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Mar. 10, 2015 - Updated 04:16 UTC



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Building in harmony

May 29, 2017

The 2017 Pritzker Architecture Prize was awarded in Tokyo on May 20th. It is often called the Nobel of architecture. This year it went to a trio of architects from a small town in Catalonia, Spain.

The jury selected their work for its connection to the environment and its respect of cultural values. The trio says Japan has long been a source of inspiration for them.

This time they came not only to attend the award ceremony but to set out on a journey to deepen their understanding of Japanese culture.

It has been 28 years since Japan hosted the international Prize ceremony. This time, the Emperor and Empress were in attendance.

The three architects, from RCR Arquitectes, were honored with this year's Pritzker Architecture Prize. The Jury said that they succeeded in making their works global while placing the local environment and values above all.

"We know that the best decision of our lives has been to share architecture together," said Carme Pigem of RCR Arquitectes at the award ceremony. "Our second best decision was to do this from our hometown, Olot."

This year's winners focus on familiar things. A small local winery integrated with the landscape and partially set underground. Another is a restaurant that opens to the sky.

Their works are characterized by harmonizing the local environment with recycled materials like steel and plastic.

The architects are based in the town of Olot, in northern Spain, near the Pyrenees Mountains. They were born and raised there.

They would never have considered any other city when they decided to open a studio together after graduating from architecture school. For them, the most important point in architecture is the relationship between a building and the site on which it stands. They used large panels of glass to connect with the environment.

"It is a nice space because you don't know if you are inside or outside," says Pigem.

Another one of their projects in Olot is an athletic track that seemingly slips into nature.

To let people feel the site's atmosphere while exercising, they kept native trees and topographic features.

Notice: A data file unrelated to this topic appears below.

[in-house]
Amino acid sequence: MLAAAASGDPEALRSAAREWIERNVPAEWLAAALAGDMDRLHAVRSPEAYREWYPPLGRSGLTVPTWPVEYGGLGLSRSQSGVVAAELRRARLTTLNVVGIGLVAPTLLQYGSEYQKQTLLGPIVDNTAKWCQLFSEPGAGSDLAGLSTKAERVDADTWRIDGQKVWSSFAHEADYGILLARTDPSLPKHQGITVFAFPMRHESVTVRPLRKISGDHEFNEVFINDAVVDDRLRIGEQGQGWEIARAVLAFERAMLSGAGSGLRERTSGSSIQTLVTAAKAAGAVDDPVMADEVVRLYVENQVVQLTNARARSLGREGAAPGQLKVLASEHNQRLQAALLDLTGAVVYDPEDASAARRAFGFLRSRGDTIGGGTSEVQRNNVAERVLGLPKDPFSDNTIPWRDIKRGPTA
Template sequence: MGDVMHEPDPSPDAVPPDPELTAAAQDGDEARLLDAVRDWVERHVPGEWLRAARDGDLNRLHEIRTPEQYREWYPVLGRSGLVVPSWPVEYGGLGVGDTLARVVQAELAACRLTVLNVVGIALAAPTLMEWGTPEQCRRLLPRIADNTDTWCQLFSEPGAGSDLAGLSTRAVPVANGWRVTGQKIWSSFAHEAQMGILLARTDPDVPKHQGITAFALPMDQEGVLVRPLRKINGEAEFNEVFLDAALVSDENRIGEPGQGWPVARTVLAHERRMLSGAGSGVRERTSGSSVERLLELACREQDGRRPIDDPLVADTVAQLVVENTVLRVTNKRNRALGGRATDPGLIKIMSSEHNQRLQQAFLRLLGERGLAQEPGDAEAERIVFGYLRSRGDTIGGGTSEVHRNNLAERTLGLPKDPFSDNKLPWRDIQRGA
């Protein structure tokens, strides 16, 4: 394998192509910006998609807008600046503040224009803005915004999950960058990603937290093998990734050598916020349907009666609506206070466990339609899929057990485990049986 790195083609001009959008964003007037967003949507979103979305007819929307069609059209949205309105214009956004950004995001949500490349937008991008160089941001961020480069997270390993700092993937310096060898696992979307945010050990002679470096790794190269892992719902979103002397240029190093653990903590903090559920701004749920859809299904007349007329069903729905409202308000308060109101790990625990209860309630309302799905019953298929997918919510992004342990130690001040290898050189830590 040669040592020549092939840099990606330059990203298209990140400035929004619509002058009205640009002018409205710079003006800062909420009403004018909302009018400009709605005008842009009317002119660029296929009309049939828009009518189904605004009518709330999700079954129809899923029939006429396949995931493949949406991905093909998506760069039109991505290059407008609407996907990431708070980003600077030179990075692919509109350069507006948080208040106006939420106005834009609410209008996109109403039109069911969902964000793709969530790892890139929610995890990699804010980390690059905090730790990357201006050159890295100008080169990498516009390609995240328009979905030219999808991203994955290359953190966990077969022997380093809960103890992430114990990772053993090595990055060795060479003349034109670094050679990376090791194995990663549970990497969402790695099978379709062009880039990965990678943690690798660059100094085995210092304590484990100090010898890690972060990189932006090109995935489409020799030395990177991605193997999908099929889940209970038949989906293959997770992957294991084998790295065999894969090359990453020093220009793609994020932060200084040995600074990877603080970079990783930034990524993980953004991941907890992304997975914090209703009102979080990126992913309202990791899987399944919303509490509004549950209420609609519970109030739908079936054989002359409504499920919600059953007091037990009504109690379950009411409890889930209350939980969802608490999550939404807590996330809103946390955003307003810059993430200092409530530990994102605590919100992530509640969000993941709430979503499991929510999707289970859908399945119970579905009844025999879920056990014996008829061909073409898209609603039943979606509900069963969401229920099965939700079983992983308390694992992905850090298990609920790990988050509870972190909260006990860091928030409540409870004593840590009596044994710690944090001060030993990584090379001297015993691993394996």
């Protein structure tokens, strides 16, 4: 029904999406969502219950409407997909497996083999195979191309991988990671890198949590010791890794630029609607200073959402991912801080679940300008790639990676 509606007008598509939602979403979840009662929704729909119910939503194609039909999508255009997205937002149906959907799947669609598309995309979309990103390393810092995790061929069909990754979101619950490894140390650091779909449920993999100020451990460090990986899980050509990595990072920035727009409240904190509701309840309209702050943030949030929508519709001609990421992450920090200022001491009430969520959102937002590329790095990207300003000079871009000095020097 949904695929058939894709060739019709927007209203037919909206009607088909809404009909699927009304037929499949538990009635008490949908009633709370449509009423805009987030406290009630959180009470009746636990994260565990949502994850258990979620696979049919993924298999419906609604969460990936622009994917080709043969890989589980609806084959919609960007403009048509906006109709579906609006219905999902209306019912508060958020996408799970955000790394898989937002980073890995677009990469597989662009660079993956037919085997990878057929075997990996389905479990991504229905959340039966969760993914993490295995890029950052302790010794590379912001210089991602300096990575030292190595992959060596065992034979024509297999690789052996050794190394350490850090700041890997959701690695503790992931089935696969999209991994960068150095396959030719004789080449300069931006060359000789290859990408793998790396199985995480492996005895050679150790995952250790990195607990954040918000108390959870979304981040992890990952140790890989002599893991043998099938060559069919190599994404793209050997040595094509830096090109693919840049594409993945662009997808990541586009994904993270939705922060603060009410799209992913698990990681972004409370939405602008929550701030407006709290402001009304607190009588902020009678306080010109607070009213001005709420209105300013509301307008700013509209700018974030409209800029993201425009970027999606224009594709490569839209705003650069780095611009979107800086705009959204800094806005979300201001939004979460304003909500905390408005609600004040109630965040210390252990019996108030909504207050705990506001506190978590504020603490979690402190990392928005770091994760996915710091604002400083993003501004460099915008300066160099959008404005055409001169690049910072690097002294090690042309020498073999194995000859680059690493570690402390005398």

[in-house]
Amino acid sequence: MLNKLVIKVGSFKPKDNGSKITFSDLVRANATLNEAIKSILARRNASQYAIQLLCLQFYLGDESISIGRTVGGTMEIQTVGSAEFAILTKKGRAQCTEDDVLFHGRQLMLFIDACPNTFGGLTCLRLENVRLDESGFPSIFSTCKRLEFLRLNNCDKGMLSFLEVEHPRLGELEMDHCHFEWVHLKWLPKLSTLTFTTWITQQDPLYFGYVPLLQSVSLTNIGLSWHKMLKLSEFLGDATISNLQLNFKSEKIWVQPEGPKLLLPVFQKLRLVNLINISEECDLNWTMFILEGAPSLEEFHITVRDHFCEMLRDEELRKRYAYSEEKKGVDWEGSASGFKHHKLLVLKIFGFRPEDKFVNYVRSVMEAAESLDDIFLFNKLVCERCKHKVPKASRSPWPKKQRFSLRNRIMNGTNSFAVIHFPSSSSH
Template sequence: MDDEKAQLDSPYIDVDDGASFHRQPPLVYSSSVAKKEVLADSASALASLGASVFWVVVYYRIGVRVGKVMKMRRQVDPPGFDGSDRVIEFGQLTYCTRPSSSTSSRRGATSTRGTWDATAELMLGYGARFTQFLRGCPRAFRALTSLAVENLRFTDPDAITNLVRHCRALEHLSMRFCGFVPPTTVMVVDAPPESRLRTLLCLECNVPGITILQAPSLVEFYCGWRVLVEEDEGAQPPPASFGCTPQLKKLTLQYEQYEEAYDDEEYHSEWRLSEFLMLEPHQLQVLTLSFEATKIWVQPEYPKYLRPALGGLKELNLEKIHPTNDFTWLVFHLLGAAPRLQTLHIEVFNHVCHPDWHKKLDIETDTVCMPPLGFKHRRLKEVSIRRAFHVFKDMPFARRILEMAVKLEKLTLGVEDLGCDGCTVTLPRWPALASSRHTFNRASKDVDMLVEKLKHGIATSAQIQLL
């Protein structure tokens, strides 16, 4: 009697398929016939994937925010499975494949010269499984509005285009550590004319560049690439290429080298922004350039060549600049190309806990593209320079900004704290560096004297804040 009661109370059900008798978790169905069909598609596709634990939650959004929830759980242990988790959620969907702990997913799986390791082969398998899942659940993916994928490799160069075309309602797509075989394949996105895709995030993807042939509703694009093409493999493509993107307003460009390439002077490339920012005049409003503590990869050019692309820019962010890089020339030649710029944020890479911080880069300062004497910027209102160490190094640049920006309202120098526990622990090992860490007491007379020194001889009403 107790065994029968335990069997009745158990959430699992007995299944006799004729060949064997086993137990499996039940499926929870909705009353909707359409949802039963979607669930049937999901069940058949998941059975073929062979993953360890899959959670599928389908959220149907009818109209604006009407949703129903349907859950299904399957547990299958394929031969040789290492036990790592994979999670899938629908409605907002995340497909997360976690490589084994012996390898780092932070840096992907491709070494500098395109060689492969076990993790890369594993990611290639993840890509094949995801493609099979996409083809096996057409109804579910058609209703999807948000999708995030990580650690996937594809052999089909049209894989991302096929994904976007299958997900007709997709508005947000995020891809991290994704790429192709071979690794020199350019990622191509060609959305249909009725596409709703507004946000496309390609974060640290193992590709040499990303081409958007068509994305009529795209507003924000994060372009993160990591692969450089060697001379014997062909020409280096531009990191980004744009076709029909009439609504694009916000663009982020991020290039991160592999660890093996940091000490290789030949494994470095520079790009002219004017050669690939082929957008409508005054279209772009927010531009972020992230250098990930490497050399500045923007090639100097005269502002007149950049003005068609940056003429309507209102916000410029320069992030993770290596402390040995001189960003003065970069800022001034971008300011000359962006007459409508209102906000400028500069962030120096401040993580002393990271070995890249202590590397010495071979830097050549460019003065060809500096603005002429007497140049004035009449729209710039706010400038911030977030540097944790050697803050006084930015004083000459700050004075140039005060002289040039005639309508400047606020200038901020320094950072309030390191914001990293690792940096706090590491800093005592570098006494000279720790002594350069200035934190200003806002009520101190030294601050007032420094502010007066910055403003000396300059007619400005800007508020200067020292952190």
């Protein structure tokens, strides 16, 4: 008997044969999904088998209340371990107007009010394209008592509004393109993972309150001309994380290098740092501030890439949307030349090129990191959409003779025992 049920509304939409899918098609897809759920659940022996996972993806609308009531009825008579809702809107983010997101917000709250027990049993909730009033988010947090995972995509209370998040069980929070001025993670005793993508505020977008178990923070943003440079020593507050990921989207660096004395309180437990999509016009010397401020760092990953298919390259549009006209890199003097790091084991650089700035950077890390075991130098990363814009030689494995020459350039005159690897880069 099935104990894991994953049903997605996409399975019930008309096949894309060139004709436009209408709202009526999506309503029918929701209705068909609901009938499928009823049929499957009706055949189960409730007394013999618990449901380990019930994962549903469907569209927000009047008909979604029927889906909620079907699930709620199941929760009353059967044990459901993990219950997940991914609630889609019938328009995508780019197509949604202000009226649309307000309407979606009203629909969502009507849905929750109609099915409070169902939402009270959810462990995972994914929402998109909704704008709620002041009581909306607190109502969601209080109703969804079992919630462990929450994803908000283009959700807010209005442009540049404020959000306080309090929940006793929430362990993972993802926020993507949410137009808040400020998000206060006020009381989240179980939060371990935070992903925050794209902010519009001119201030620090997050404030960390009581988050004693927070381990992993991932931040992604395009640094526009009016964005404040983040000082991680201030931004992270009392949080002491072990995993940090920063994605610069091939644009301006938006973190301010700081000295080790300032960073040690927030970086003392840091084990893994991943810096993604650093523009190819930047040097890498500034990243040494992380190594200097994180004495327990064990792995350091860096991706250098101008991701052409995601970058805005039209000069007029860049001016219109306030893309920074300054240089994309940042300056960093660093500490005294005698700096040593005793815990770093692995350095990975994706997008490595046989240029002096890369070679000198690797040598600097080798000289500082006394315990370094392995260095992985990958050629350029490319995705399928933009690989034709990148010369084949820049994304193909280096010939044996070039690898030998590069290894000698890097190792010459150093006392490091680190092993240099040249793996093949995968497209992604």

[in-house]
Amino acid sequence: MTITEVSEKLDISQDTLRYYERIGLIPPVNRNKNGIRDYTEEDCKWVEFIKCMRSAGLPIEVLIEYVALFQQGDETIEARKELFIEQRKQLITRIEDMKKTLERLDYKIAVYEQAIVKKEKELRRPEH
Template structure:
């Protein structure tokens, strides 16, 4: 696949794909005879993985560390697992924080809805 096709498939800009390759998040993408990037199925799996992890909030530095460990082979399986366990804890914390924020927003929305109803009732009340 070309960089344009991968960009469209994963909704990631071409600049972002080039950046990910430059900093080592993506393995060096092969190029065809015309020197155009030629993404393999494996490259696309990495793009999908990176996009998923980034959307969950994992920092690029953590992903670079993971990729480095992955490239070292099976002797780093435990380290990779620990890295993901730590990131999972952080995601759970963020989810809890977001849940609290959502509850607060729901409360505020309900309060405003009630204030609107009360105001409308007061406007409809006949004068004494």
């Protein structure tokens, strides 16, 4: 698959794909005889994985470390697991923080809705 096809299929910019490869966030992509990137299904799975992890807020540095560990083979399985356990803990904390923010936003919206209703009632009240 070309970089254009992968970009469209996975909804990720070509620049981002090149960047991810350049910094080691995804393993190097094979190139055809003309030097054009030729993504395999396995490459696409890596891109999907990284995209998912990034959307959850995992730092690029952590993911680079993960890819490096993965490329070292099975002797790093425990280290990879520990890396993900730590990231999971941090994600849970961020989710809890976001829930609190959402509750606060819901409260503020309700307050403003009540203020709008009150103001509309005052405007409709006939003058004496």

"You have a real landscape in the field. You discover while you are running around the track," Pigem explains.

For the architects, Japan has been a major source of inspiration. Their first encounter with the country nearly 30 years ago had a deep impact on them. They took photos that helped them finding inspiration for their work.

"The experiences gained in Japan, a completely different culture, helped us realize many things about ourselves," says Ramon Vilalta of RCR Arquitectes. "And that realization helped us to rediscover and confirm our own roots. At the same time, we were discovering for ourselves other ways of expressing how we felt deep within our hearts."

This time they came to Japan with the desire to go deeper. They wanted to know more about the origin of Japanese architecture. So they decided to spend time at an important source.

"We were in the woods walking, feeling the vertical patterns, the density, the different areas to harvest different types of wood," says Rafael Aranda of RCR Arquitectes. "We wanted to learn everything about paper making from those involved in the trade, to understand what the woods provide for us."

As they delved into the roots of Japanese culture, they felt they reached a place where universal values connect all cultures.

"When things are profound, and when it comes from the origin, the source, what is essential," Pigem says. "These are things everyone can understand. They have the capacity to communicate on a global level."

A day before leaving, the three architects wanted to pass on a message to some university students.

"We can always gain an understanding of the essence of things by reflecting on our origins," Vilalta said during a lecture at the University of Tokyo. "And that recognition helps us understand other places and cultures. And that, I would say, is our motivation."

When awarding the prize, the Pritzker jury commented on a growing fear of losing local values in a globalized world. The architects' work tells us it is possible to build in harmony through the merits of both.

NHK World's Tetsutaro Soe went to Spain to see some of the team's buildings. He joined Newsroom Tokyo anchors Sho Beppu and Aki Shibuya in the studio to talk about the works. Watch the video for their discussion.